The Dunkin’ Donuts decision effectively expanded the reach of the ADA to websites that primarily provide information about a business’ physical location and the goods and services sold at a business’ physical location. The implication of the ruling has seemingly opened the door to an increasing number of lawsuits over website accessibility under the ADA against businesses that are defined as places of public accommodation. Businesses should review their websites to ensure they comply with the ADA.


The Robles v. Domino’s Pizza, LLC Decision.


Recently, on January 15, 2019, the United States Court of Appeals for the Ninth Circuit ruled in Robles v. Domino’s Pizza, LLC that Domino’s Pizza’s (“Domino’s”) website and mobile applications are subject to the ADA and Domino’s is therefore required to make them fully accessible to the blind and visually impaired. The Ninth Circuit has jurisdiction over the federal cases originating in the states of Alaska, Arizona, California, and Hawaii.

Guillermo Robles, a blind man, unsuccessfully attempted to order a custom pizza from Domino’s website. Mr. Robles argued that Domino’s website and mobile applications were not designed to read Robles’ screen-reading software that he used to access the internet. In response, Domino’s argued that the ADA did not apply to Domino’s online offerings through its website and mobile applications.


The Ninth Circuit held in favor of Mr. Robles, concluding that the ADA applied to Domino’s website and mobile applications as there is a relationship between the online services and Domino’s physical stores.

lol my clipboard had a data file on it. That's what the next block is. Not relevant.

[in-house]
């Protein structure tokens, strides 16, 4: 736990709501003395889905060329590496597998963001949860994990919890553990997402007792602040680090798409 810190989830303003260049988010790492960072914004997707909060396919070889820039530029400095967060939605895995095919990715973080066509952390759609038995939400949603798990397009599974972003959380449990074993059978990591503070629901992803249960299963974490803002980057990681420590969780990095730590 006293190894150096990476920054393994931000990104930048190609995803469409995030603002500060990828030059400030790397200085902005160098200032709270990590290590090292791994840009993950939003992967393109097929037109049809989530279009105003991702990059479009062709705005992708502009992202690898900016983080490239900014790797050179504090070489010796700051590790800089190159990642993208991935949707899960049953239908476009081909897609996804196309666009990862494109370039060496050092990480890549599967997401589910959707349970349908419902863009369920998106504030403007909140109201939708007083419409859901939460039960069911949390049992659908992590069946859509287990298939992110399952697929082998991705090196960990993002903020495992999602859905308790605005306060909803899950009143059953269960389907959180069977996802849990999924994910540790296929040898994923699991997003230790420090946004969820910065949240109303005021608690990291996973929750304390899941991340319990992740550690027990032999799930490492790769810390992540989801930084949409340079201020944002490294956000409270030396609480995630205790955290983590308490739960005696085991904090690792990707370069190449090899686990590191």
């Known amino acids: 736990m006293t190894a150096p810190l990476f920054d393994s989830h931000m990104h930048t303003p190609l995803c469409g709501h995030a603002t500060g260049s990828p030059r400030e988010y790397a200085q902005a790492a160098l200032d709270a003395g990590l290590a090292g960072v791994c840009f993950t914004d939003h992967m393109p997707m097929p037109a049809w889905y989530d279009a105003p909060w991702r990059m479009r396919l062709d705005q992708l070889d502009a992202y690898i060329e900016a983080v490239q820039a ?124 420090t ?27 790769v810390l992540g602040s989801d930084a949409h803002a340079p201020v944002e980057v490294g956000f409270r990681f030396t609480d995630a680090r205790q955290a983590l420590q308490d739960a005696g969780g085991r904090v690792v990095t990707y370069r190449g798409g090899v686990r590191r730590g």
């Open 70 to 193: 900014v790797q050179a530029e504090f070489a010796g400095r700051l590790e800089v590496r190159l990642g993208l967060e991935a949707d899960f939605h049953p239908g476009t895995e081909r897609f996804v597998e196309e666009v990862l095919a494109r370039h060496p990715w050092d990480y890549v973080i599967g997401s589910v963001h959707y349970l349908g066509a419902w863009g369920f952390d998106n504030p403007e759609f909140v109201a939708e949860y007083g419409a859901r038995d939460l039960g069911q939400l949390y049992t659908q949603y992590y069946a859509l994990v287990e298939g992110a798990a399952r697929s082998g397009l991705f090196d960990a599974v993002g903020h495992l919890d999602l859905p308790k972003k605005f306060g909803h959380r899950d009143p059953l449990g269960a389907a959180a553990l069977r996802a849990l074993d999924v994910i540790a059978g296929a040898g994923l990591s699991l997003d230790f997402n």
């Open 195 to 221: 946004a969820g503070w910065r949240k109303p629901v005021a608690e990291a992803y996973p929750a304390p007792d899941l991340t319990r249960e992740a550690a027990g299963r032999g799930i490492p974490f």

The Domino’s Pizza, LLC decision expanded the reach of the ADA to websites (and mobile applications). Consequently, businesses, especially those with products or services in physical stores, should ensure that their website and mobile applications comply with the ADA even though the DOJ has not set standards.




Title III of the Americans with Disabilities Act of 1990 prohibits discrimination on the basis of disability in places of public accommodation. Importantly, Title III does not directly address whether places of public accommodation include websites, mobile applications, or other emerging web-based technologies. However, the Department of Justice, the primary federal government agency responsible for enforcing the ADA, has taken the position that Title III applies to all public-facing websites used by businesses that otherwise qualify as places of public accommodation. The agency’s adoption of WCAG 2.0 provides businesses a straightforward roadmap for ensuring their websites are properly accessible.


Given the rise in ADA litigation alleging that businesses do not make their websites accessible to the disabled population, businesses should take appropriate preemptive measures to make sure their websites are accessible by the disabled population by adopting practices that ensure their websites are accessible to disabled persons.